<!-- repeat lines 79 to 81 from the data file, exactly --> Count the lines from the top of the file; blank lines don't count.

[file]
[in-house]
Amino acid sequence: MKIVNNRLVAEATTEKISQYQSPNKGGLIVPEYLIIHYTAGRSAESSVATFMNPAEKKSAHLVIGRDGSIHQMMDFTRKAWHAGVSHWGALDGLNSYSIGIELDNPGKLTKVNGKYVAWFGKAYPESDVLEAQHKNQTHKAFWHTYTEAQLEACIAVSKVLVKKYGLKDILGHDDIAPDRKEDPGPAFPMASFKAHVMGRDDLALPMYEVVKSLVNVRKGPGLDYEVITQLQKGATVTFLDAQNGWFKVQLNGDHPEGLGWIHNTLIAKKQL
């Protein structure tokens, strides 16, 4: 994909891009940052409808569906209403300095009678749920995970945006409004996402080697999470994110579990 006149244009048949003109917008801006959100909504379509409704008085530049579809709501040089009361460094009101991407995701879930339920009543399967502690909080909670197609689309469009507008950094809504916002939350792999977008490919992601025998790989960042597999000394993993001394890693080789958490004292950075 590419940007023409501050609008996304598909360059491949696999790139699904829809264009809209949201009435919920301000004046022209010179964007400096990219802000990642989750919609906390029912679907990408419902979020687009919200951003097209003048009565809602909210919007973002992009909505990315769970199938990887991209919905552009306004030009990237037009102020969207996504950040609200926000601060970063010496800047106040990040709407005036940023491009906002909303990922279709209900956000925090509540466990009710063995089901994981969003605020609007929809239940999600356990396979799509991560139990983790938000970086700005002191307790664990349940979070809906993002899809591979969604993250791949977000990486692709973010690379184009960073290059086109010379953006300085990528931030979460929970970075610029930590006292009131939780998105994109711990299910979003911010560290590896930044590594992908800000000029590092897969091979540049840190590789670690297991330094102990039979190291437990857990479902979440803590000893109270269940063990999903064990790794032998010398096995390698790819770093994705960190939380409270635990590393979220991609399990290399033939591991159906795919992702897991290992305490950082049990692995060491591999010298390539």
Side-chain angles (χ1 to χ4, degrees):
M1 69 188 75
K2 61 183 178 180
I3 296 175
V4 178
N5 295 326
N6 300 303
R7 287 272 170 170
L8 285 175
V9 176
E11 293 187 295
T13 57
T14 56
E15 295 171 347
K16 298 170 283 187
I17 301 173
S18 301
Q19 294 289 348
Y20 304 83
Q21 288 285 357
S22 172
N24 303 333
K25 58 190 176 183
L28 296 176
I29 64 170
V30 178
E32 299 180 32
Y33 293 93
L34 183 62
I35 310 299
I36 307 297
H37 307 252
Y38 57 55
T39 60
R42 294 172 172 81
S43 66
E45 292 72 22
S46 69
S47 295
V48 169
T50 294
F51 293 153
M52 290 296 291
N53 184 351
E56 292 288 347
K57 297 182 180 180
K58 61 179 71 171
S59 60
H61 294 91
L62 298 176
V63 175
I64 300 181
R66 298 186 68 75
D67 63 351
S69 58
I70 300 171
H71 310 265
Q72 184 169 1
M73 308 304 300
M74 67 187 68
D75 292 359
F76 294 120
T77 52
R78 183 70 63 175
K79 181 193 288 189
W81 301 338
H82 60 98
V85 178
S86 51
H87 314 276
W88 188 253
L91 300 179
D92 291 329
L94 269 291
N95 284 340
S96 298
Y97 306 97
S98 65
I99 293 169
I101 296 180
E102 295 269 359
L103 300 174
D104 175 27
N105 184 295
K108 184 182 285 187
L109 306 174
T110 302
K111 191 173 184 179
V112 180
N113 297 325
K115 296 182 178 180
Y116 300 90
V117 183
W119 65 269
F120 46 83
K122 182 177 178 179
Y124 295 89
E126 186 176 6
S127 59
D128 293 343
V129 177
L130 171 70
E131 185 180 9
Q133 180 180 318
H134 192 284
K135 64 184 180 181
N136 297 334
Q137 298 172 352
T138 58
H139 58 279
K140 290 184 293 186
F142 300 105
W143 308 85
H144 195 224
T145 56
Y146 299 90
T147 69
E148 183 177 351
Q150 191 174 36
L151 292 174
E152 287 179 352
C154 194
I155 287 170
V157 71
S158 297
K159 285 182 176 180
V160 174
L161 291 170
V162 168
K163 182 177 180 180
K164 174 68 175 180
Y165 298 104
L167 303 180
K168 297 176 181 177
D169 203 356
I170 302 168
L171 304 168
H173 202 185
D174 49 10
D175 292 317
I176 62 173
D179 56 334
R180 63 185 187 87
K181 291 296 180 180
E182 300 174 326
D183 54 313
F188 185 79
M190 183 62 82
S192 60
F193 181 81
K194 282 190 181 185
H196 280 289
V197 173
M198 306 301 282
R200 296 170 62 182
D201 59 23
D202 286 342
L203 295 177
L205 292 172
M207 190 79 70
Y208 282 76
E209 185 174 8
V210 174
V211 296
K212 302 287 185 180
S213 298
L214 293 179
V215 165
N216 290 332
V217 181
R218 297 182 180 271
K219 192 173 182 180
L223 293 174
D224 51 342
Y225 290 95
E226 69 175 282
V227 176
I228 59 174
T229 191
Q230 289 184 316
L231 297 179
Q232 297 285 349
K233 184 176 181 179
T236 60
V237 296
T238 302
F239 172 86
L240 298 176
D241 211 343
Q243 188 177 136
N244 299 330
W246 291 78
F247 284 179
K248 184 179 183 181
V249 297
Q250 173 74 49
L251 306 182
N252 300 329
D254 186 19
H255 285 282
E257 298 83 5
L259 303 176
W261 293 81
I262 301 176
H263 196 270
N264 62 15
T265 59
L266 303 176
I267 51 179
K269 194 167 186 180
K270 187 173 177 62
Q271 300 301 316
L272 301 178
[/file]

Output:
S96 298
Y97 306 97
S98 65